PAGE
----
Later ascending to the summit southeast  ridge from South Summit, we met Nelson, who had left after Kevin. He was having problems and we discussed the options he suggested. Unfortunately I already knew accident had happened at the ridge with some Japanese climber, so I could not really advice Nelson, what would be best to do. He was stating having lost all his energy and being cold. The moment up there was during the darkest and windiest moment of the night and you really could sense the danger and death being part of that moment, on this narrow ridge. He discussed also with our guide Javier arriving to place. Nelson made a very wise decision to turn back at that point.


As we continued towards Hillary step, Kevin showed down from the Summit and as it was still dark, I tried to persuade him to stay until sunrise, to make nice photos together. Kevin was however really cold and wanted to descend immediately.

So Kevin had reached the summit some 30 minutes before us.


We went on and on the southeast ridge at the accident place, the fixed rope was missing as it was still attached as a normal safety to the body of the Japanese climber, hanging head down on the Tibetan side. So we went over the distance of 10 m without safety and clicked on again after that. As we were descending later on, I documented and pictured the whole scene for THT use as I taught at the time.


As you can see in my pictures, the summit was empty when we arrived there with Sonam. Javier was  just in front of me, having trouble to unlock the Jumar and safety with his mittens, his Sherpa made it for him at every last anchorpoint.

I kind of taught that I do not want to stay even behind our guide and as  the summit was in reach, the fixed rope was missing also there. But there were 2 lines of old red 5 mm “handlines” and I saw my opportunity to pass Javier using the other one on the left— so I nodded a mark to Sonam and run up to the summit.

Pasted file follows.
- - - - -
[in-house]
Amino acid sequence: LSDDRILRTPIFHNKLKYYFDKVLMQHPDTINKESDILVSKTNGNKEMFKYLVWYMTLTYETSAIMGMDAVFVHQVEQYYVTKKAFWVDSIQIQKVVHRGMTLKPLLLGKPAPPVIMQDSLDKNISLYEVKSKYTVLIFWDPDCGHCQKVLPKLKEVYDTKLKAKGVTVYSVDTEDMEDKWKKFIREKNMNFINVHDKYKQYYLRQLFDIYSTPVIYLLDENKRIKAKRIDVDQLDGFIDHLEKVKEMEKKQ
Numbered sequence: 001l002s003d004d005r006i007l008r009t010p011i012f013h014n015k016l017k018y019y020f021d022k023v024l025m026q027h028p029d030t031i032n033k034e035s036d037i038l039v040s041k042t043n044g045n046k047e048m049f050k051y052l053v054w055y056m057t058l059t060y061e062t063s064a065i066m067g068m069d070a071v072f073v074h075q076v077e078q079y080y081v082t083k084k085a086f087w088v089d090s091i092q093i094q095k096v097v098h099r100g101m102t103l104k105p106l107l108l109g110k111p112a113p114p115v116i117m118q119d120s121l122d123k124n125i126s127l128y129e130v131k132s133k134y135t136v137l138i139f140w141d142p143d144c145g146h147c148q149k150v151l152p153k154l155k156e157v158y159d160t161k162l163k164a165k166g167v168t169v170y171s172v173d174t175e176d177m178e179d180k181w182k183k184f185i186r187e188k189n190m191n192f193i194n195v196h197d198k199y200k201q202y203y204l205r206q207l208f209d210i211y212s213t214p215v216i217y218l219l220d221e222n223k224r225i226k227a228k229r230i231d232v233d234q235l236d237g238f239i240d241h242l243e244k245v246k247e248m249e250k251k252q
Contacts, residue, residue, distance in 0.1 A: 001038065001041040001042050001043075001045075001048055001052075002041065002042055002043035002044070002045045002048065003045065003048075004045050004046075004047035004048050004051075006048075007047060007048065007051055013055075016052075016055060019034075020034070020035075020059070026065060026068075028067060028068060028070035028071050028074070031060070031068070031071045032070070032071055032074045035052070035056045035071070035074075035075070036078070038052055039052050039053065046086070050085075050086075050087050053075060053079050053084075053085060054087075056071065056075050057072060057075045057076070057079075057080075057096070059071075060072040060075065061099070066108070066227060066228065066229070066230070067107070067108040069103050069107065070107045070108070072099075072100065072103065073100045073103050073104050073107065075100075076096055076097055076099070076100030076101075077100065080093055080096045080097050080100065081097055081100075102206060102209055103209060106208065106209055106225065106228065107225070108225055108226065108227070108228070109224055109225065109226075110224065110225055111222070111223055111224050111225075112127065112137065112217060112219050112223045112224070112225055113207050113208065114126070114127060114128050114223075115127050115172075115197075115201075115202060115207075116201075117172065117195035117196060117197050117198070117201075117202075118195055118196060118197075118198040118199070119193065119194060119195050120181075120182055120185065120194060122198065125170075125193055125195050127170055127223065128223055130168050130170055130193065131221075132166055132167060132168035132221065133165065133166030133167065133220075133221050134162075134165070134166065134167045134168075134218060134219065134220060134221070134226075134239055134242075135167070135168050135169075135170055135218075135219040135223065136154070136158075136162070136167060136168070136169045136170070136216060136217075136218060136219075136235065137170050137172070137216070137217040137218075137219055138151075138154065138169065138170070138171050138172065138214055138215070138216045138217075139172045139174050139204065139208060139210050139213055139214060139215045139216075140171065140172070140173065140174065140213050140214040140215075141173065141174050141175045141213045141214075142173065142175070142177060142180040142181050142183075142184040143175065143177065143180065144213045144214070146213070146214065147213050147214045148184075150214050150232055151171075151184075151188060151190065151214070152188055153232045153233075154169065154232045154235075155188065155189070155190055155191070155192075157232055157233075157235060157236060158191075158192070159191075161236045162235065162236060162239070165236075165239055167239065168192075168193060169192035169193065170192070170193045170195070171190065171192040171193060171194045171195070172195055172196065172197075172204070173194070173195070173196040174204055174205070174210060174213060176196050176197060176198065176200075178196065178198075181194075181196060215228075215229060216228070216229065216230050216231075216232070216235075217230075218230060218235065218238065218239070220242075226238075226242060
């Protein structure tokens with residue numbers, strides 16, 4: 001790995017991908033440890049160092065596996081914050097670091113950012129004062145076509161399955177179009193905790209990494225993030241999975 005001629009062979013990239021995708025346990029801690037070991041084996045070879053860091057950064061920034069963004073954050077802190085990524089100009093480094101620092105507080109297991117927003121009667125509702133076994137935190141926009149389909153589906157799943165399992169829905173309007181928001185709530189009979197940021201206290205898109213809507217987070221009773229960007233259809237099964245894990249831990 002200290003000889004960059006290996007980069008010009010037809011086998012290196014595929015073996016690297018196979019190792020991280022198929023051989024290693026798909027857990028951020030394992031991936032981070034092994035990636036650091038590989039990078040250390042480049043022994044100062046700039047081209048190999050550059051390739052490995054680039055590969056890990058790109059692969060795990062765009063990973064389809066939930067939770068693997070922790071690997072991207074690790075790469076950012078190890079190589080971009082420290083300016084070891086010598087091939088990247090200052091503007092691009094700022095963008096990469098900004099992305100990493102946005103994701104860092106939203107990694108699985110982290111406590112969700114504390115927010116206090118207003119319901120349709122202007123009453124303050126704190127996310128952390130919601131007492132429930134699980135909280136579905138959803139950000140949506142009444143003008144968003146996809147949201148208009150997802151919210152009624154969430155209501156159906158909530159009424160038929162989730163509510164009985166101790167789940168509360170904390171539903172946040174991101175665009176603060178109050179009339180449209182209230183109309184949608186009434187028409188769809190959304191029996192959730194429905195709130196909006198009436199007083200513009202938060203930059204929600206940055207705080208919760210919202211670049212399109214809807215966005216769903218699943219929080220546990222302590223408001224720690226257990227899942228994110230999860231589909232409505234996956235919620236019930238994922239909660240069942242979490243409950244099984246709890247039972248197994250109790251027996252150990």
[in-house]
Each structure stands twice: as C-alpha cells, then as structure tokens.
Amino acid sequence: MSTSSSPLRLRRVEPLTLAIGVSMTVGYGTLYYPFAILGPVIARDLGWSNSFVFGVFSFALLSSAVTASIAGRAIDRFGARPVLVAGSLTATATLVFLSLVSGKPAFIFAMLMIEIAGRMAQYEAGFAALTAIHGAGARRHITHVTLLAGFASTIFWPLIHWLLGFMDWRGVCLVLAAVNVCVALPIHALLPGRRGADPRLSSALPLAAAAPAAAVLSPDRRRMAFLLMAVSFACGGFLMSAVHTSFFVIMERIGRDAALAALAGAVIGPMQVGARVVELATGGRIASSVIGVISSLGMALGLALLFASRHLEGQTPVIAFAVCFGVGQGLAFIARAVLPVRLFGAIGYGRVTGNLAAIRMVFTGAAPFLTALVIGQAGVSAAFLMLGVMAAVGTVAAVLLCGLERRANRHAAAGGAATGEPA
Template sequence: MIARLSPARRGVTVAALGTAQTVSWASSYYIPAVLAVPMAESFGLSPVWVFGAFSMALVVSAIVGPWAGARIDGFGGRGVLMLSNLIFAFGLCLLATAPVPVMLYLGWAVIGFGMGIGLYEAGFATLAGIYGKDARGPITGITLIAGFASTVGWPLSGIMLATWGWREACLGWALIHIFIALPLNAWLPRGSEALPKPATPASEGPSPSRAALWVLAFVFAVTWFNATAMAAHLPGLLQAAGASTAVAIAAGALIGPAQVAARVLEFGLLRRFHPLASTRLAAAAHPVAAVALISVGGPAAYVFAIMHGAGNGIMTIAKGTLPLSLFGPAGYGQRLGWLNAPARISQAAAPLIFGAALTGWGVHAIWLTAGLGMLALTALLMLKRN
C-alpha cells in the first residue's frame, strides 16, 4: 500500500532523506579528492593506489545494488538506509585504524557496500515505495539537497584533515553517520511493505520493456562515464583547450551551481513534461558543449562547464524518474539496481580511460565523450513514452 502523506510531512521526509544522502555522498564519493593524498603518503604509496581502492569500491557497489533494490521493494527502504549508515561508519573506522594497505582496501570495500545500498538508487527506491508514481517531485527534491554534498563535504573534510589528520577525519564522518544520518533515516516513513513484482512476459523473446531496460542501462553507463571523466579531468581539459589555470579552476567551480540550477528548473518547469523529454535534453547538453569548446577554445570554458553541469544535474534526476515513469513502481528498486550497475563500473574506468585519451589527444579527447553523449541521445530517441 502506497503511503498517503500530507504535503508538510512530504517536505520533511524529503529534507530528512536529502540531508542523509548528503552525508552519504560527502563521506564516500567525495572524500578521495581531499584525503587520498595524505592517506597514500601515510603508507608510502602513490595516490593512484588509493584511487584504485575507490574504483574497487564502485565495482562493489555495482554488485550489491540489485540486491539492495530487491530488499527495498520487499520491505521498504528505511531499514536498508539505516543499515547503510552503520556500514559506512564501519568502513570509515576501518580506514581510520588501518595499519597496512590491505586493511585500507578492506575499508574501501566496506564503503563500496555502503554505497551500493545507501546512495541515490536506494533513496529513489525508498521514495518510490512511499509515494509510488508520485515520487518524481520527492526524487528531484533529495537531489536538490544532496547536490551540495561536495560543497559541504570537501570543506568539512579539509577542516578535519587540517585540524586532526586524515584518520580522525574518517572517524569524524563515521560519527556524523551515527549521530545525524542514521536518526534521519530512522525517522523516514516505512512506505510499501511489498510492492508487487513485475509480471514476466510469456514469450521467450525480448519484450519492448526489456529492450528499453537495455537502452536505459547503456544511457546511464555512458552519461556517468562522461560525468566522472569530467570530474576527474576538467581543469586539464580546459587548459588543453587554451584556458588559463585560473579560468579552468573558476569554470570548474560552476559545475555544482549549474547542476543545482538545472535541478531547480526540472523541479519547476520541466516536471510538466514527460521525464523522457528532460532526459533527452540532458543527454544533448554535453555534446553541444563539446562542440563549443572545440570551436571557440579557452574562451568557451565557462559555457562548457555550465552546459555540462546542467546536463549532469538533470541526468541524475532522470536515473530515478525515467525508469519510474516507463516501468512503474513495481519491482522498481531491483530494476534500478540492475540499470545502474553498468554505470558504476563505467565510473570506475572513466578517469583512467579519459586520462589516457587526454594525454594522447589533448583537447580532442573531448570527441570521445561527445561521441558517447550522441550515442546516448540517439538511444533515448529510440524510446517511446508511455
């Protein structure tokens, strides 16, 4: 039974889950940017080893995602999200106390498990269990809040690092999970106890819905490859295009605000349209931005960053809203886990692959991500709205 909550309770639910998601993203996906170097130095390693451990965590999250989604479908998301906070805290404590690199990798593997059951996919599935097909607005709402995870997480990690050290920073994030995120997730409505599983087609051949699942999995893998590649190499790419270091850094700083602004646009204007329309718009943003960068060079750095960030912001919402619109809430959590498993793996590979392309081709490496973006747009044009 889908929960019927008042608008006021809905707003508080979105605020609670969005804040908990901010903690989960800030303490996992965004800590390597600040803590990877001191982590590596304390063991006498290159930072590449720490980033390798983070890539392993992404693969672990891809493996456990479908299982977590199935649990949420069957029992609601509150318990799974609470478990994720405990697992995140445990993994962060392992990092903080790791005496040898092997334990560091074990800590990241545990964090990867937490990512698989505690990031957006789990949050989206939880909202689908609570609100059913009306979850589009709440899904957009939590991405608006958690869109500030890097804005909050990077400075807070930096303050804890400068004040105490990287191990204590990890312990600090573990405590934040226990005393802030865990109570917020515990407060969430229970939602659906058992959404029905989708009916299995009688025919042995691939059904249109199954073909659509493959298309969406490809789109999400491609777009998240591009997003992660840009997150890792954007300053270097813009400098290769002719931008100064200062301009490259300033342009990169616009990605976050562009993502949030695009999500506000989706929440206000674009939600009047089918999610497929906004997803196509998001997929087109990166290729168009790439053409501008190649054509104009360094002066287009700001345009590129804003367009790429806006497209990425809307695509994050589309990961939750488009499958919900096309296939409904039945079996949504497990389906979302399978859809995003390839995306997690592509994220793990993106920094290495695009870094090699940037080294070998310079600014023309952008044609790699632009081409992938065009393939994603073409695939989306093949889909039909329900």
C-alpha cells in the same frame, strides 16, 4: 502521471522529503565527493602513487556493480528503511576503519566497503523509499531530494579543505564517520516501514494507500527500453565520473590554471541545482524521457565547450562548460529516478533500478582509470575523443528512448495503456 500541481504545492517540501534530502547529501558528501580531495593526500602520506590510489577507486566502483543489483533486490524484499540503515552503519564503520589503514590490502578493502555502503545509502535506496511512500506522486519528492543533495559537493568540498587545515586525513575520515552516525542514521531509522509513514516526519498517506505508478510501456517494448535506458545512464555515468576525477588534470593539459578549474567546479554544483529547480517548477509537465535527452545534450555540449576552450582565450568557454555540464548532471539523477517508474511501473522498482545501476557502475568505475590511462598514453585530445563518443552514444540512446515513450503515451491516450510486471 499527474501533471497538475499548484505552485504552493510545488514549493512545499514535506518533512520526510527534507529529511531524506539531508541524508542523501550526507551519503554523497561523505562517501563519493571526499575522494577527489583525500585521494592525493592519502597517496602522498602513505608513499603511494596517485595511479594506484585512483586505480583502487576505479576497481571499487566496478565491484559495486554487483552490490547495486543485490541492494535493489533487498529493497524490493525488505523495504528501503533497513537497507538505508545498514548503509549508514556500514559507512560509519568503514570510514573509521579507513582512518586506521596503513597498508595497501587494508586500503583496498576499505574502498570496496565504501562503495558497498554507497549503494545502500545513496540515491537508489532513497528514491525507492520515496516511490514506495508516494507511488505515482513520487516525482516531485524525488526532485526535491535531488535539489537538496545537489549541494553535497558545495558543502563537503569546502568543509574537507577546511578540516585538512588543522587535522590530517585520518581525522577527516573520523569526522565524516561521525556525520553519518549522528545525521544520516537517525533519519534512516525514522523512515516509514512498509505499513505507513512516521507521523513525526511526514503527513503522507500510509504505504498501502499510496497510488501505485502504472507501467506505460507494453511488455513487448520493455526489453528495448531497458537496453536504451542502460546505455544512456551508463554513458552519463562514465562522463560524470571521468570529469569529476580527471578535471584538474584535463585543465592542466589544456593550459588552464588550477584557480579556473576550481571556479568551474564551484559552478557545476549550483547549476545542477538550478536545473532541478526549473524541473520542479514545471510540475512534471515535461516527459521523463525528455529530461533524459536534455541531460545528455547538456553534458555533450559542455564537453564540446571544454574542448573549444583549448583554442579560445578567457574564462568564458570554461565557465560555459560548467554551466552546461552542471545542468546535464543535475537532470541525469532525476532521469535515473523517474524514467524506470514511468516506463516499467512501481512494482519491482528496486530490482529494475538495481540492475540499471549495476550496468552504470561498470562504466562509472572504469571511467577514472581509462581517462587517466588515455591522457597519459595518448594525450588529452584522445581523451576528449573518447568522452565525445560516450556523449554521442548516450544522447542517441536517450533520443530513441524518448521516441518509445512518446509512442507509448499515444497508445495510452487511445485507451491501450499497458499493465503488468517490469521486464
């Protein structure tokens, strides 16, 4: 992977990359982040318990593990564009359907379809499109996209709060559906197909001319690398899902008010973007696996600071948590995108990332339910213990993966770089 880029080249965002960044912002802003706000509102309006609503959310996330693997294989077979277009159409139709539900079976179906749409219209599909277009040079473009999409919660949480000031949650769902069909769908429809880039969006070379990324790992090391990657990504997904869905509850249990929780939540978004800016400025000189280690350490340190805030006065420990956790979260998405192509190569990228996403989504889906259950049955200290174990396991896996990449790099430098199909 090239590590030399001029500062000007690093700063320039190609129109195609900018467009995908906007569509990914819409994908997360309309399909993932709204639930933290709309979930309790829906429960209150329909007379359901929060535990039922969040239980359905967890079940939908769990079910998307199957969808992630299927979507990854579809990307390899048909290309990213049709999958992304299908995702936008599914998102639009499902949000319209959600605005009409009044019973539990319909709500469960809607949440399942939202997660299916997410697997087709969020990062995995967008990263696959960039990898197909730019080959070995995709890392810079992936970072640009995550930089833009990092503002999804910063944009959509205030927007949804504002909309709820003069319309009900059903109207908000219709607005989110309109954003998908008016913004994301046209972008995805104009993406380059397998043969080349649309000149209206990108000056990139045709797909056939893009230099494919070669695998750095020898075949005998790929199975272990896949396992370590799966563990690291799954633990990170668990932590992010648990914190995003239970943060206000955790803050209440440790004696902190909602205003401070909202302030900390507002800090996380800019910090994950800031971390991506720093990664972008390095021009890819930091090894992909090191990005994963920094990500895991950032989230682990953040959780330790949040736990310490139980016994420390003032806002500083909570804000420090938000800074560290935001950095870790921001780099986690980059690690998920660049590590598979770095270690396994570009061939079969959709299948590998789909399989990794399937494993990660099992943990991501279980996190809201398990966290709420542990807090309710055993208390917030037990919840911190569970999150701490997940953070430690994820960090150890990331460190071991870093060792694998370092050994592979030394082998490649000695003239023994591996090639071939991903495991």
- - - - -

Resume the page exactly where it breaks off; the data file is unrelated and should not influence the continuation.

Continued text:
So we were 4 of us up on the summit 4.18 and Javier left way before us, after taking his photos.


We spent nearly one hour up there, first waiting for sunrise, which is every climbers dream time to be on the summit. And that it was for us also—we had tears in our eyes watching that pure majestic beauty in absolute silence. We were not cold nor exhausted, just taken by this moment. We did the things we wanted and had planned and peacefully prayed in silence.

This morning became to be a true revelation, too much actually to write in short words, too meaningful to destroy by quick explanations.  I hope one day, I really can explain you how it was. Until that, enjoy my photos.


When we descended finally and approached South Summit, we met Pam on her way up. I stopped her and said hello, but she did not recognize me at all as she later explained at the Camp 2.


So there were 3 of us climbers on the summit 13.5. and none at the same time.

Kevin first, me after 30 minutes behind him and Pam some 1 hour after me.

Kevin and I had a climbing Sherpa with us and Pam had 2 at that point.


The name list on the blog is not having  Sonam’s name on it, but a lot of other Sherpa’s names that were part of fixing the route earlier.

We climbers never had 9 Sherpas with us climbing together and standing together atop Summit as it can be understood when reading the blog.

We went fast up with our trusted partner climbers, personal Sherpas and that ‘s it. When I got back to Camp 4, most of the others—not summiting—had left for Camp 2. I asked everyone for water, as I had had—as strongly advised—only 75 cl in thermos with me,  there was none and all stoves had been already packed or taken down. At the camp there was still some Sherpas as well as Javier and Angel. I asked also Tashi and other Sherpas at their remaining tent for water or tee—whatever liquid, - without luck.

I had to head down without getting anything to drink after summit push and descending. I did not want to start eating snow as it would have eaten my rest energy very fast. Luckily some 3 hours later I met Sonam at Lothseface again and he had some 3 dl water, which he shared with me.


I reached the Camp 2 in the early evening and got a gret welcome and a marvellous meal - with lots to drink!  14.5 morning we headed down to Base Camp for real celebration!

Also during the decent the weather stayed clear and beautiful whole time, so we were blessed.


Before arriving the BC i took a moment at our Puja, to concentrate and gather my taughts. Thank for safe summit and return.


Later in Kathmandu I learned that all that was told about the Japanese climber accident was hearsay and rumors invented in Camp 4, nothing to do with the truth.

I have been heavily stoke by the real news, as the deceased is actually Takashi Ozaki.

World class climber, whom I had a privilege to meet and know.

During the night of 13th I did not recognize him. He got sick on his 3th summit of Everest and deceased on 12.05.2011.


I have passed our condolancies to his family.

We who summited, paid a huge price for that—Everest took one of the best, none of us can ever match him.



“There is another sky,

Another earth,

Beyond the world of men”


Takashi, rest in peace.




Now I must try getting back to my normal life.

I carry your memory with me.






22.04.2011 Happy Eastern